On 11 September 2017, two major reforms to Australia’s insolvency laws – an insolvent trading safe harbour and a restriction on the enforcement of ipso facto rights in certain circumstances – passed through the Senate with certain amendments being made at the final hour. The Bill now awaits royal assent.
In this article we summarise the final amendments made to the Bill and the key improvements compared to the earlier draft legislation.
- On 11 September 2017, the Treasury Laws Amendment (2017 Enterprise Incentives No. 2) Bill 2017 (the Bill) passed through the Senate with certain amendments being made at the final hour.
- The safe harbour provisions will commence the day after the Bill receives royal assent. However, the ipso facto reforms will commence on the later of 1 July 2018 or 6 months after the Bill receives royal assent.
- Following industry consultation, the proposed insolvent trading safe harbour has been improved from the draft legislation introduced on 28 March 2017.
- Under the Bill as passed, the insolvent trading safe harbour applies where the directors start developing one or more courses of action that are reasonably likely to provide a better outcome for the company than an immediate liquidation or administration. The safe harbour protects directors from insolvent trading liability arising from debts incurred directly or indirectly in connection with any such course of action.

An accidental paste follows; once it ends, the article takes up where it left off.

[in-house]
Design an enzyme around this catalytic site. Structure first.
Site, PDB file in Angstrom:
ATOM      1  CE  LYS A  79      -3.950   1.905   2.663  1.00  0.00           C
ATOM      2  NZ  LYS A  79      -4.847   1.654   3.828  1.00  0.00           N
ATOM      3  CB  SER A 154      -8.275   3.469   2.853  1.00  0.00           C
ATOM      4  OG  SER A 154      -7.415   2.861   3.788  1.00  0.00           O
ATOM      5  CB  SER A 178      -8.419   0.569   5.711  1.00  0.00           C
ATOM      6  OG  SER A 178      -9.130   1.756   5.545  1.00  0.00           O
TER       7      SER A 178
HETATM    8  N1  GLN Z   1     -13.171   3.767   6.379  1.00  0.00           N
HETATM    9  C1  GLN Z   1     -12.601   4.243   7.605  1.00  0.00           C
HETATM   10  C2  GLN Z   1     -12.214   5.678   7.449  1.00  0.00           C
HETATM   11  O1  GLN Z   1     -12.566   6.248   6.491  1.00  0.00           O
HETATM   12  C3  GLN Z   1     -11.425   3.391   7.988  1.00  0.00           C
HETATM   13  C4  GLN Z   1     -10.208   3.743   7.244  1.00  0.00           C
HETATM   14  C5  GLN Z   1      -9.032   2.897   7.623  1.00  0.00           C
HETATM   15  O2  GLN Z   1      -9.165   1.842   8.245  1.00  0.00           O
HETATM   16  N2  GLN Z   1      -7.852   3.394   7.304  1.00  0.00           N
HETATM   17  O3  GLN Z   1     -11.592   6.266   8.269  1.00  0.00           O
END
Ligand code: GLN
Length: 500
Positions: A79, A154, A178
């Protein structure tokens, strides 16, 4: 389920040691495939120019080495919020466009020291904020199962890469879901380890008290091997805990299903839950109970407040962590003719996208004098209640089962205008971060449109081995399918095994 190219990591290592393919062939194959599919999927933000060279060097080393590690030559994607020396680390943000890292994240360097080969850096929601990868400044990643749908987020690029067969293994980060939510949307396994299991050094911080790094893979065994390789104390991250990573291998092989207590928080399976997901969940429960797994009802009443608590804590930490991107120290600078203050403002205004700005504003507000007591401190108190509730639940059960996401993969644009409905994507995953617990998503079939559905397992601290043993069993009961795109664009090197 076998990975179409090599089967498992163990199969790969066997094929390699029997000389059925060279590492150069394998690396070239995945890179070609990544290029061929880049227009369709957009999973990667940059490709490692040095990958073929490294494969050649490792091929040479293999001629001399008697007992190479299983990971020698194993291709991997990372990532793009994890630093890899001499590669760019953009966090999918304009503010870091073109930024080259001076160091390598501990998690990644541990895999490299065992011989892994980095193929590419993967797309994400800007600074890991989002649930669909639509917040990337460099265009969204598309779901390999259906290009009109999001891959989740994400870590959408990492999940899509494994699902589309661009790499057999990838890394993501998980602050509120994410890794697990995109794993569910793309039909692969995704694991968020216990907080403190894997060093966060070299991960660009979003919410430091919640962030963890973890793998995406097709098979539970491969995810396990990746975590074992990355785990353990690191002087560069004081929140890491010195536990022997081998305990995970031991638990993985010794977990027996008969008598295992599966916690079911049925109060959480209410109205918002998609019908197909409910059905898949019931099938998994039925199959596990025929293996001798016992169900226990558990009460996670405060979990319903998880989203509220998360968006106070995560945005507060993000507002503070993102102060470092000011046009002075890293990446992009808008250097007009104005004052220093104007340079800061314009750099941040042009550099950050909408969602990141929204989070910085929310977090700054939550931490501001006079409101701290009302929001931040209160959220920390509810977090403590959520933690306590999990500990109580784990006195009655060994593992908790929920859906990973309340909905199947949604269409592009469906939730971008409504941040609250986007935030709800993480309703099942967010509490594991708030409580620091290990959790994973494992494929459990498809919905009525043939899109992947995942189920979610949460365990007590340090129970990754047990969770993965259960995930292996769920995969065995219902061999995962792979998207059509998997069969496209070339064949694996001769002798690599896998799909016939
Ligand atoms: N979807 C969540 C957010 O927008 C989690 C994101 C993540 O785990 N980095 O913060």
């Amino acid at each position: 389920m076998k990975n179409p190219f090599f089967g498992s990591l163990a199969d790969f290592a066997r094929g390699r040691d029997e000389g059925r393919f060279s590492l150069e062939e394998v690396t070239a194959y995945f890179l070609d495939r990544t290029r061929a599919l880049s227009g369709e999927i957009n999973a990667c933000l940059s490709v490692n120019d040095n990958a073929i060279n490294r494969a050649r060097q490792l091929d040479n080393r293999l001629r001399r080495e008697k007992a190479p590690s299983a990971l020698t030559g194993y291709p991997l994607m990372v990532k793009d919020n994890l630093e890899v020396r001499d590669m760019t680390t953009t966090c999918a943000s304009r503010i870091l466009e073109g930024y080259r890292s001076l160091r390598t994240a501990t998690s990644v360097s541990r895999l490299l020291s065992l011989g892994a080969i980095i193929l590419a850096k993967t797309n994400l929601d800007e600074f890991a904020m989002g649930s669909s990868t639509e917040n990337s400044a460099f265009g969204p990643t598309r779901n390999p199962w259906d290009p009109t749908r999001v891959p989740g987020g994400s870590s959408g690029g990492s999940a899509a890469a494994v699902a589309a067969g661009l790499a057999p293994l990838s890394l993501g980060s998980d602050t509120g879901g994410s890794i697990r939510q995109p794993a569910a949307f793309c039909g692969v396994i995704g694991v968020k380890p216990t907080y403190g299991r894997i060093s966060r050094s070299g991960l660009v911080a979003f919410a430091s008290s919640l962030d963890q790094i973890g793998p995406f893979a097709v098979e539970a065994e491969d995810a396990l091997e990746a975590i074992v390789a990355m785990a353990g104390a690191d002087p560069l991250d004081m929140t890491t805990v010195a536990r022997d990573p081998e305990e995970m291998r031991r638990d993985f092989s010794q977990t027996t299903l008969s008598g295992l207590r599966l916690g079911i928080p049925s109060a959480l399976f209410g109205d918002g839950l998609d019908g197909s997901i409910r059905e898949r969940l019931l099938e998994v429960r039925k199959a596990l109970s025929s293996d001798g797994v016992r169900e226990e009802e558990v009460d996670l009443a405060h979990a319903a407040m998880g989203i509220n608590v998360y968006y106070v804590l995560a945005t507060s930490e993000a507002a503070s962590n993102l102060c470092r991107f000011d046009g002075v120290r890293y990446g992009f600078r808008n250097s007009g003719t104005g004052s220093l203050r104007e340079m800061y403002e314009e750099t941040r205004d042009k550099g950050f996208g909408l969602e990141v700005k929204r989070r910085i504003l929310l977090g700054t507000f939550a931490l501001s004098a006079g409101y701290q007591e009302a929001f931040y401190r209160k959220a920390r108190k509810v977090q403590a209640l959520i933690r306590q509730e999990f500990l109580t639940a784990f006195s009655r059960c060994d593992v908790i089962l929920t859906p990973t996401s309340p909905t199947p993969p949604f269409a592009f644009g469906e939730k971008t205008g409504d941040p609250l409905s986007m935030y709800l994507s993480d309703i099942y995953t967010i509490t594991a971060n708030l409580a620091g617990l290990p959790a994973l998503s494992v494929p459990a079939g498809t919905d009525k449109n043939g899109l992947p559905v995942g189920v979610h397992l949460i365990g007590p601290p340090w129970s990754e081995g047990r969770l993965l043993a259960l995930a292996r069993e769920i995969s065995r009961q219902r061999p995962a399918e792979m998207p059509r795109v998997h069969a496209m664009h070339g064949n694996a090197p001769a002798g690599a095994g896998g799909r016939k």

- Whilst amendments were proposed in the Senate to re-instate the safe harbour as a defence rather than a carve out and a requirement that a registered liquidator be appointed as the ‘harbour master’, these were not approved. The Senate did approve an independent review of the safe harbour provisions after 2 years of operation.
- The ipso facto regime has also been developed, although aspects remain uncertain. Importantly, the ipso facto regime will now apply to schemes of arrangement, administration and receivership. It will also now prevent a counterparty using the company’s financial position at the time of the scheme, administration or receivership as the triggering event. The regime in the Bill removes the counterparty’s ability to exercise rights based solely on those trigger events indefinitely.
- The Senate amended the legislation to extend the operation of the ipso facto regime to include a stay on rights prescribed by regulation, rights which are in substance contrary to the provision introducing the stay and self-executing provisions (being provisions in an agreement which automatically come into operation). These amendments further broaden the ipso facto regime but potentially create some uncertainty as to the extent of their application.
REFRESHER ON THE BACKGROUND TO THE REFORMS
The passing of the reforms on 11 September 2017 in the Senate comes as the latest instalment in relation to the insolvent trading safe harbour and ipso facto reforms. A fuller account of the history that led to the Bill being introduced is set out in our previous update.
Previously, we reported on the draft legislation released by the Australian Federal Government (Government) on 28 March 2017 in relation to these reforms, and also made submissions to Treasury addressing a number of concerns.